from marshmallow import post_load class UserSchema(Schema): .... for other stuff see above .... @post_load def make_obj(self, data, **kwargs): # note: method name is arbitrary return User(**data)
Code language: Python (python)

With this modification, user would be a User object whose books attribute is a list of Book objects (assuming that you have also implemented the hook for BookSchema).

While this approach provides a nice separation between the class definitions and the schema, it involves a lot of code. Fortunately, there is the Python package marshmallow-dataclass. Using it, you can achieve the same result by augmenting the User and Book dataclasses we introduced above, as follows:

import json from dataclasses import dataclass, field from typing import Optional, List import marshmallow_dataclass from marshmallow import validate from marshmallow.fields import Email @dataclass class Book: title: str = field(metadata=dict(required=True, validate=validate.Length(max=120))) isbn: str = field(metadata=dict(required=True, validate=validate_isbn)) @dataclass class User: email: str = field(metadata={"marshmallow_field": Email()}) books: Optional[List[Book]] = None UserSchema = marshmallow_dataclass.class_schema(User) # UserSchema is a class(!) object user_schema_instance = UserSchema() # which we have to instantiate json_data = json.loads(raw_data_str) # raw_data_str was defined above user = user_schema_instance.load(json_data)
Code language: Python (python)

The resulting user object is of type User, because the marshmallow-dataclass library implements the post_load hook for us.

Introduction to Pydantic deserialization

Pydantic is not a direct competitor to marshmallow, because the goal of Pydantic is to add validation to (schema-)objects throughout their lifetime. Pydantic basically applies dynamic type checking at run-time, e.g. when instantiating an object, at configurable levels. In contrast, marshmallow only applies type checking (including data validation) at specific points, whenever you call schema.load(), schema.dump() or schema.validate(). Let’s see how the same example from above looks with Pydantic (make sure to run pip install pydantic first):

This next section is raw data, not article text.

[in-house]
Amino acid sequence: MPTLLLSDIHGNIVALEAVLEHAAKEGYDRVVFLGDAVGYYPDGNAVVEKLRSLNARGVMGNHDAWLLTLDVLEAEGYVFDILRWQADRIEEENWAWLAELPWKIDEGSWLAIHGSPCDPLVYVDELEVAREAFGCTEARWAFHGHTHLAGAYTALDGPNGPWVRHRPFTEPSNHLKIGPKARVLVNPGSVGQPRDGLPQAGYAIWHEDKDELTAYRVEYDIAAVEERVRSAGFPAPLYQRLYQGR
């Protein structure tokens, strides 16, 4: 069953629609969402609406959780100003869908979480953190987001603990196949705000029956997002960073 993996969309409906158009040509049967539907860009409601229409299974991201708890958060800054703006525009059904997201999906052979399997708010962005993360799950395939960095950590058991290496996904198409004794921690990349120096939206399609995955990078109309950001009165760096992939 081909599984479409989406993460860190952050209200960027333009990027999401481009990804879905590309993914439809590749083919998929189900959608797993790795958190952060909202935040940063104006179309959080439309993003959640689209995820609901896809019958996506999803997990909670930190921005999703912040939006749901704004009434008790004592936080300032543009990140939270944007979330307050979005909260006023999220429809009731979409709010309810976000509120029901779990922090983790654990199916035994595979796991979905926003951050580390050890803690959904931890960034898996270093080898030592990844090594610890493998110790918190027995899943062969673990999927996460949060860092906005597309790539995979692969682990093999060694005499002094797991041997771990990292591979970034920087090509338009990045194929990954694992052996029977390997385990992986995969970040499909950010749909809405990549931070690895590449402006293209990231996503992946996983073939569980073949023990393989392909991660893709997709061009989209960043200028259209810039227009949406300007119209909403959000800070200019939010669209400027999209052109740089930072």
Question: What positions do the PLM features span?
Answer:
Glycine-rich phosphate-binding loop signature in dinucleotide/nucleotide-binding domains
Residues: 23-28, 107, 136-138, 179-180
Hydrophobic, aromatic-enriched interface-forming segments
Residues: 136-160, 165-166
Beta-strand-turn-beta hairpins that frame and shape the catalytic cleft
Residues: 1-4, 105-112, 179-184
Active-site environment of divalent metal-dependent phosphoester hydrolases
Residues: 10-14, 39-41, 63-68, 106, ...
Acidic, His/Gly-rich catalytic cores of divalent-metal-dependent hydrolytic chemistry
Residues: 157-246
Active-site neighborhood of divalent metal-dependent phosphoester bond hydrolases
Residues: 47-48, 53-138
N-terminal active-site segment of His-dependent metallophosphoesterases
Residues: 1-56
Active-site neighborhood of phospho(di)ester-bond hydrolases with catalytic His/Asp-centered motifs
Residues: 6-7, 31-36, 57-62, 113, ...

from typing import List from pydantic import BaseModel, constr, EmailStr, validator class MyBaseModel(BaseModel): """ A base model of which all our other models inherit. Provides basic configuration parameters. """ class Config: validate_assignment = True class BookModel(MyBaseModel): title: constr(max_length=120) # constr = constrained string, other con... types exist isbn: str @validator('isbn') def validate_isbn(cls, isbn): """ Validates the isbn with some code (omitted) and return it, raise ValueError if validation did not pass """ return isbn class UserModel(MyBaseModel): email: EmailStr books: List[BookModel] = None raw_data_str = ... # see above examples json_data = json.loads(raw_data_str) user = UserModel(**json_data) = "not-an-email" # raises pydantic.error_wrappers.ValidationError
Code language: Python (python)

Like marshmallow, Pydantic supports numerous data types beyond Python’s standard built-in types, such as email, URL, or payment card numbers. Be sure to closely study Pydantic’s manual, because there are some interesting caveats. For instance, Pydantic is actually not that pedantic when it comes to type matching. The call BookModel(title=1337, isbn=1234) works (no validation error is raised), even though 1337 is a number and not a string. Pydantic converts provided data where no (or little) loss would occur. To avoid this behavior, you have to annotate the attributes using strict types, e.g. pydantic.StrictStr instead of str, as documented here.

Pydantic also lets you define your classes using a drop-in replacement for dataclasses, as the following example illustrates:

from typing import List from pydantic import constr, EmailStr, validator from pydantic.dataclasses import dataclass class Config: validate_assignment = True @dataclass(config=Config) class Book: title: constr(max_length=120) isbn: str @validator('isbn') def validate_isbn(cls, isbn): """ Validates the isbn with some code (omitted) and return it, raise ValueError if validation did not pass """ return isbn @dataclass(config=Config) class User: email: EmailStr books: List[Book] = None
Code language: Python (python)

The deserialization process then produces objects of that class, as you would expect.


Until now, the code examples demonstrated the deserialization use-case. If you want to serialize data, e.g. to transmit or store it, you just need to call a specific method provided by marshmallow or Pydantic to get a nested dict, which you can then serialize to whatever form you want, e.g. to a JSON string or to some binary form, using pickle, MessagePack, etc. If you use marshmallow, you need to call a schema’s dump(obj) method. Note that this call will validate your data again, which may raise unexpected errors for objects you created manually (using their normal constructor, not using schema.load()), with actually invalid data. With Pydantic you call the o.dict() method on a model object o which inherits from pydantic.BaseModel, to get a nested dict. Note that this dict might still contain non-primitive types, such as datetime objects, which many converters (including Python’s json module) cannot handle. Consider using o.json() instead.